Good visibility, planning, and mitigation can go a long way to eliminating, or at least circumventing, a large number of internal and external risks in an organization’s supply chain. It can improve quality, smooth transportation, and minimize production line downtime and stock-outs in situations where the risk – such as product contamination, risky transportation routes (due to piracy), and possible port closings (due to impending strikes) can be recognized in advance. However, even though we know some regions are high risks for natural disasters such as hurricanes, earthquakes, tsunamis, and volcanic eruptions, we are generally unable to predict such events with more than a few days warning at best. These risks will never go away – and in situations where only a few suppliers can supply a given raw material or component – and can’t be easily mitigated.
So what is an organization to do? Well, it should start by making sure it has a good Contingent Business Interruption (CBI) insurance policy in place that covers supply chain interruptions, but that doesn’t solve the problem. It can proceed by making sure it knows every backup source of supply, but if the disruption results in a worldwide market shortage, someone is going without and this doesn’t necessarily solve the problem either. It can do its best to identify alternative designs that can work with different, more easily obtained, raw materials – but if such alternate designs are considerably more expensive or less rugged, this doesn’t help either.
As per the title of this posts, some risks can’t be squashed. So how does an organization maximize its resiliency? Co-opetition, short for cooperative competition, might be the answer. Generally speaking, in most markets with constrained supply, there are only a few big companies that represent most of the demand. Think hard drives – how many hard drive manufacturers are there? Cell phones? Motion sensors for game consoles? And every company in the market knows who the other big companies are. And, at any given time, some of these companies will be overstocked and others will be understocked as the market demand sways from one product to another, in ways that are not always predictable.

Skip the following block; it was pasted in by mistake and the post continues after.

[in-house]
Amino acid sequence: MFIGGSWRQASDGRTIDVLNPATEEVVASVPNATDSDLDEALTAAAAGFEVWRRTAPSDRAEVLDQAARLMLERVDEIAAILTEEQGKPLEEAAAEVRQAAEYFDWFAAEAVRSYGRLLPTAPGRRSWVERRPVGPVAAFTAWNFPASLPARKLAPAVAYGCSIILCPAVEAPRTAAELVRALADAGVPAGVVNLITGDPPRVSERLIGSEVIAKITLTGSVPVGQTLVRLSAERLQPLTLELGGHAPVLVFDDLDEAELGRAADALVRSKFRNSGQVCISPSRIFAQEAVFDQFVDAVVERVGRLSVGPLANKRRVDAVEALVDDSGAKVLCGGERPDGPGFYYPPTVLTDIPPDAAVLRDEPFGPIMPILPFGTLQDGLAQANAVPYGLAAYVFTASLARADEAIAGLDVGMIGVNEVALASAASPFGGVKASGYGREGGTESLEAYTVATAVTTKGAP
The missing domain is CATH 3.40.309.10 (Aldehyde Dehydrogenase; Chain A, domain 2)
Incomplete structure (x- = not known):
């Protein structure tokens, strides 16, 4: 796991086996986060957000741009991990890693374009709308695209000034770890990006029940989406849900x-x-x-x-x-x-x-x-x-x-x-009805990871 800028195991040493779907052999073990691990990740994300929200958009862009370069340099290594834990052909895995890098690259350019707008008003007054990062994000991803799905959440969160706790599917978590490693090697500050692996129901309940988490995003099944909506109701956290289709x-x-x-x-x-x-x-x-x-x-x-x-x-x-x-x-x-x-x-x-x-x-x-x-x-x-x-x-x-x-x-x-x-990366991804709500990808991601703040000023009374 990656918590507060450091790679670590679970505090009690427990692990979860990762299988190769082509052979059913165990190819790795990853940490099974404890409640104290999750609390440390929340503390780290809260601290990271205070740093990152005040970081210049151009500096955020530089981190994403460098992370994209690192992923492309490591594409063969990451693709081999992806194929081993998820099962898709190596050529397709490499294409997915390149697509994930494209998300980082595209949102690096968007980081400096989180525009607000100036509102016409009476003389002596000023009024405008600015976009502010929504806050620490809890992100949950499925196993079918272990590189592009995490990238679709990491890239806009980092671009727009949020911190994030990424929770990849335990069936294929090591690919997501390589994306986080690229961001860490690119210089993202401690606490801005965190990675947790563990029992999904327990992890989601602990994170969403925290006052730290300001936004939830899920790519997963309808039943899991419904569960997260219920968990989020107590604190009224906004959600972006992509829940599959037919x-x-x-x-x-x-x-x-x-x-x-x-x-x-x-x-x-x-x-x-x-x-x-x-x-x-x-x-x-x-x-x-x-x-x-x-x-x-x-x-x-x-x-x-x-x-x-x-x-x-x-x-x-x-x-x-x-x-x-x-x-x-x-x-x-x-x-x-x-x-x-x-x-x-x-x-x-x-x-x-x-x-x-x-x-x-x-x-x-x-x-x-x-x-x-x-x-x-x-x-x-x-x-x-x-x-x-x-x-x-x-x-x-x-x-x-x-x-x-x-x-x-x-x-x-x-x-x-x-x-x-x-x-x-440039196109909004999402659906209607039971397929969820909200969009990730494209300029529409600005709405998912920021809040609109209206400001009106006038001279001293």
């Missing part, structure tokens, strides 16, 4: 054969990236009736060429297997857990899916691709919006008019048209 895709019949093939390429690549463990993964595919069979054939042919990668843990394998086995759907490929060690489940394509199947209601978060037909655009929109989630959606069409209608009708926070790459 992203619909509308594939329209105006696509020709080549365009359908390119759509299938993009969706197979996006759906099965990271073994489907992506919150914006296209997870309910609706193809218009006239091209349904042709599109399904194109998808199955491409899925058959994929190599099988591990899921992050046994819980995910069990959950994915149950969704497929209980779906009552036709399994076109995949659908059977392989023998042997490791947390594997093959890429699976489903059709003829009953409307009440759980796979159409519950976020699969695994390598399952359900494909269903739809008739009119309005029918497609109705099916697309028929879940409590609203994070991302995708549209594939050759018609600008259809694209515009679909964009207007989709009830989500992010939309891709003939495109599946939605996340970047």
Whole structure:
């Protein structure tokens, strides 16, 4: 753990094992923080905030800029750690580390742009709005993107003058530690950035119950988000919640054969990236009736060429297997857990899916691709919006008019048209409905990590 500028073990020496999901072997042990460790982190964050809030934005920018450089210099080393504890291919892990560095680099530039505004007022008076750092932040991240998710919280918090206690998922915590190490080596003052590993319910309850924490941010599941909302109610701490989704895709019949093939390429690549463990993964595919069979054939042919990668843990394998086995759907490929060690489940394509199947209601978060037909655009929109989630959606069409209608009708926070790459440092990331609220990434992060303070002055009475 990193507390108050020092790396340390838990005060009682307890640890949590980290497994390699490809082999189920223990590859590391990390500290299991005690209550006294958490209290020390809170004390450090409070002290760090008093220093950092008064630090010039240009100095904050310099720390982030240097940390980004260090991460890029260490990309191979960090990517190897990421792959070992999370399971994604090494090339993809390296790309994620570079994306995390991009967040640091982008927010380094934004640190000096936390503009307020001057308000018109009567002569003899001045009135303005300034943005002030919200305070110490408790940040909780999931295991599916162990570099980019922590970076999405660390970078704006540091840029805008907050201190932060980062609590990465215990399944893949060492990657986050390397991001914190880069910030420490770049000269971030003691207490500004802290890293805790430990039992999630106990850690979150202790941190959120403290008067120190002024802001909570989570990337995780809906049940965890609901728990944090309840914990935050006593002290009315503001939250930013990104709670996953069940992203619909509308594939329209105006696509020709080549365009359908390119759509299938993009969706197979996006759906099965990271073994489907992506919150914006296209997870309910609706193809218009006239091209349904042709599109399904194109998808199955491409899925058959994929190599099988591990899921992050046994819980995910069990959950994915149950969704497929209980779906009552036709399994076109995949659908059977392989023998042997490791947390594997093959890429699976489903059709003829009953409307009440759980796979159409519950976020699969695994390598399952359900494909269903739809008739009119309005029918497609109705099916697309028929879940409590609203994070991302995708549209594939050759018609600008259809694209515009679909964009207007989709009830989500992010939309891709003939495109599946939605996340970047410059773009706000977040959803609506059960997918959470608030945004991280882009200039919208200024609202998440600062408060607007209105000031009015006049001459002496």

What if these companies took a lesson from the BRIC, which just banded together to create a $100 Billion buffer to help protect their economies from shocks when G20 leaders warned that the global recovery is still at risk from volatile capital flows. China is contributing 41 Billion to the fund, Brazil, Russia, and India will provide 18 Billion each, and the new BRICS member, South Africa, is coughing up 5 Billion. The fund — called the Contingent Reserve Arrangement — is being designed to provide member countries with an emergency cushion of cash during times of crisis.
Instead of creating monetary funds, the companies in the co-opetition could create virtual emergency raw material / component pools where member companies affected by a disruption could obtain a limited supply from their competitor or their competitor’s supplier agains the reserve locked up by their competitor. Each of the companies would share in the pain caused by the disruption. And although this means that some companies would, as a result, feel the result worse than they would otherwise as they would be giving up some supply to their competitors, they could take comfort knowing that the next time a disruption hit them severely, they will feel the blow a lot less than they would otherwise as all of the co-opetition members will be sharing the pain. Done properly, each company in the collective could insure that, no matter what, it would be able to keep operating at a baseline and the risk of a severe or catastrophic disruption would be minimized for all members.